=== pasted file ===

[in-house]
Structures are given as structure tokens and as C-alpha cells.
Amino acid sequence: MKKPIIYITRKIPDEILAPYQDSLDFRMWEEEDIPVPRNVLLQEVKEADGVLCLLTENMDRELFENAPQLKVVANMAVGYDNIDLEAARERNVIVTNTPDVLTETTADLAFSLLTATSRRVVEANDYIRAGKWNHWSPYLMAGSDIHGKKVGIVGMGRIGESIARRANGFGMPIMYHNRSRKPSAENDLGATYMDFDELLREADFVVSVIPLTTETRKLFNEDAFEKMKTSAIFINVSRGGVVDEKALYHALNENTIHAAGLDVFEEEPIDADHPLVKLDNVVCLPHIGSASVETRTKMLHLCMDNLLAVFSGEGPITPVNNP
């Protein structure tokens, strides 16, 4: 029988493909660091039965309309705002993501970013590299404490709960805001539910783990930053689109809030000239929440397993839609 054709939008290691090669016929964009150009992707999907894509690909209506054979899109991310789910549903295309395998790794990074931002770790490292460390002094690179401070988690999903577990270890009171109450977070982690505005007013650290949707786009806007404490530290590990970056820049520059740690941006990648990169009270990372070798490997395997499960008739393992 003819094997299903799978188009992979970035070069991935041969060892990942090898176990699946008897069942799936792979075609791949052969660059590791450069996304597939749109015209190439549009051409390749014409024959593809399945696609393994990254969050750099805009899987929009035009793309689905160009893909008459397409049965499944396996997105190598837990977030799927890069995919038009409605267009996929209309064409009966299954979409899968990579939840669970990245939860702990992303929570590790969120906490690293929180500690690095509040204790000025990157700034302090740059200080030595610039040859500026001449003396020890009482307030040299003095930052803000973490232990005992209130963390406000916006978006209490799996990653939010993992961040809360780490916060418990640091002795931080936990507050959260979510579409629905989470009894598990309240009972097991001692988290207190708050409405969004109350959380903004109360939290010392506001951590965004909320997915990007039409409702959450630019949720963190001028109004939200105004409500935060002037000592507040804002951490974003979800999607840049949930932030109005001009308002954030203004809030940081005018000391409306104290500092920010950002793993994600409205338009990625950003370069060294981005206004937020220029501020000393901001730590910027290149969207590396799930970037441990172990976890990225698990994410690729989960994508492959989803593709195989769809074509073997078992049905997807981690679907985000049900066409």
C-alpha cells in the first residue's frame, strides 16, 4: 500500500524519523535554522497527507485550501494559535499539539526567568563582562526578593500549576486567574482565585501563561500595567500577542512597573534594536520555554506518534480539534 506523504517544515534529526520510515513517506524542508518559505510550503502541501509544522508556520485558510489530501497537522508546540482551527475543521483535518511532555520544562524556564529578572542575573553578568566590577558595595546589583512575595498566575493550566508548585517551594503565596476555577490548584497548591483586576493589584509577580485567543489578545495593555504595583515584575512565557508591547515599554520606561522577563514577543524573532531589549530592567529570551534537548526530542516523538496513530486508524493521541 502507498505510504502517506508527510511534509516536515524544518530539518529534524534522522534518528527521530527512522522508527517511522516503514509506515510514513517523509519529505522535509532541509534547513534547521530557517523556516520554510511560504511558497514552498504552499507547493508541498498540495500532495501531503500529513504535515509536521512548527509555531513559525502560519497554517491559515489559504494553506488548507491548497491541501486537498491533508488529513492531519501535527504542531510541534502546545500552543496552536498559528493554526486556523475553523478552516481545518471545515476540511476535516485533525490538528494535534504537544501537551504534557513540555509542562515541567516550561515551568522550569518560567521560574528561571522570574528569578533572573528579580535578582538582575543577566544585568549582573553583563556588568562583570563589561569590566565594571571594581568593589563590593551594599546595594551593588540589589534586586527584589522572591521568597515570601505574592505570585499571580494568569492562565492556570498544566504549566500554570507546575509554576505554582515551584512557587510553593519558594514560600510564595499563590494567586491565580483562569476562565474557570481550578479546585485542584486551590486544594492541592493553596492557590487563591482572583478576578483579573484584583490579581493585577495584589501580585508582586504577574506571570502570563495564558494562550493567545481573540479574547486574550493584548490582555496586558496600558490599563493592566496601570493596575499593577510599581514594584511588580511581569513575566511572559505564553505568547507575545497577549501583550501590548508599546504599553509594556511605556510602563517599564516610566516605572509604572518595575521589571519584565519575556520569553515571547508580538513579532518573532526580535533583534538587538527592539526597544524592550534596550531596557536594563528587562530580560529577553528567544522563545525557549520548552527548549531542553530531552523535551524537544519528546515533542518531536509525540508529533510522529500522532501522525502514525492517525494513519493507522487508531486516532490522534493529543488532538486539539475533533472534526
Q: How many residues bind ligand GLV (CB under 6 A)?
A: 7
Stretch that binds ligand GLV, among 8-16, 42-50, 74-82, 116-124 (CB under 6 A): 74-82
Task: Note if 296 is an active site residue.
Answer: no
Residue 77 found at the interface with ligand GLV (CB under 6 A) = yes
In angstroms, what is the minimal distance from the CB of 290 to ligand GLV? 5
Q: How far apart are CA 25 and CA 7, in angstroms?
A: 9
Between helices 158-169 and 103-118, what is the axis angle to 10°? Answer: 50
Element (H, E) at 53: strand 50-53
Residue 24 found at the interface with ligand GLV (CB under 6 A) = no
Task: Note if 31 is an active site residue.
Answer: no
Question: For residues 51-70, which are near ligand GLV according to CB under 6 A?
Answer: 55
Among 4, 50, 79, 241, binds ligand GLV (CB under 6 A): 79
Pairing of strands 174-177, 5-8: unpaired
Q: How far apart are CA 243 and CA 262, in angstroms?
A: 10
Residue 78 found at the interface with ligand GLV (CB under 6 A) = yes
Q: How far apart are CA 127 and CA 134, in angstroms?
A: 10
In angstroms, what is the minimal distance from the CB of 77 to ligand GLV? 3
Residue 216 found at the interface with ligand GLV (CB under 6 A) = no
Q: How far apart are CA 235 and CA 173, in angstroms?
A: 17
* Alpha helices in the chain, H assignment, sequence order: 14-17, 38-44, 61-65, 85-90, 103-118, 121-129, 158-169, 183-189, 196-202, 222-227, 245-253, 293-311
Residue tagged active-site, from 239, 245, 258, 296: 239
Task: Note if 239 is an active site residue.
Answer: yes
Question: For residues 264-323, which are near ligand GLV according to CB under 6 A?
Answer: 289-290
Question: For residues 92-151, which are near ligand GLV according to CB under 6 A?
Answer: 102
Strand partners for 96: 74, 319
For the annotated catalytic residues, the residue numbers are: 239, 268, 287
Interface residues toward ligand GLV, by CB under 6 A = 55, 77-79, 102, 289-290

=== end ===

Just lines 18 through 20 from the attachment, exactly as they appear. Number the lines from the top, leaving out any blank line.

Task: Note if 31 is an active site residue.
Answer: no
Question: For residues 51-70, which are near ligand GLV according to CB under 6 A?